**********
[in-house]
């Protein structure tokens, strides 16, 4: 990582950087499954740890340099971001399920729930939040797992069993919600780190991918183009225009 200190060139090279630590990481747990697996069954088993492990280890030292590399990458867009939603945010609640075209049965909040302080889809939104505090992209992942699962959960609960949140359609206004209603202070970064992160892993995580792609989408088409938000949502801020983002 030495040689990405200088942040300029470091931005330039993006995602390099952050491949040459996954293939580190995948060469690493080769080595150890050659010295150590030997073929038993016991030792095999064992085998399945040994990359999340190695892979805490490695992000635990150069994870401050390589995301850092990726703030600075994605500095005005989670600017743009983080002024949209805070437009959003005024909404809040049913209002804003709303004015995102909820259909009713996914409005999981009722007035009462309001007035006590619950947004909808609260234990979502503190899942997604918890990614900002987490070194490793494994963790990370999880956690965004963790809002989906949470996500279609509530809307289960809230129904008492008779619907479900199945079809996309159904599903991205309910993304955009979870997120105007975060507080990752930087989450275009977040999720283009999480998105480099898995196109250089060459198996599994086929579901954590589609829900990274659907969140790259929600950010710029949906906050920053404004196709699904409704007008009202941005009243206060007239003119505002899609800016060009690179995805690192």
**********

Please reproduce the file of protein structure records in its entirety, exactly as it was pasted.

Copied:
[in-house]
């Protein structure tokens, strides 16, 4: 990582950087499954740890340099971001399920729930939040797992069993919600780190991918183009225009 200190060139090279630590990481747990697996069954088993492990280890030292590399990458867009939603945010609640075209049965909040302080889809939104505090992209992942699962959960609960949140359609206004209603202070970064992160892993995580792609989408088409938000949502801020983002 030495040689990405200088942040300029470091931005330039993006995602390099952050491949040459996954293939580190995948060469690493080769080595150890050659010295150590030997073929038993016991030792095999064992085998399945040994990359999340190695892979805490490695992000635990150069994870401050390589995301850092990726703030600075994605500095005005989670600017743009983080002024949209805070437009959003005024909404809040049913209002804003709303004015995102909820259909009713996914409005999981009722007035009462309001007035006590619950947004909808609260234990979502503190899942997604918890990614900002987490070194490793494994963790990370999880956690965004963790809002989906949470996500279609509530809307289960809230129904008492008779619907479900199945079809996309159904599903991205309910993304955009979870997120105007975060507080990752930087989450275009977040999720283009999480998105480099898995196109250089060459198996599994086929579901954590589609829900990274659907969140790259929600950010710029949906906050920053404004196709699904409704007008009202941005009243206060007239003119505002899609800016060009690179995805690192």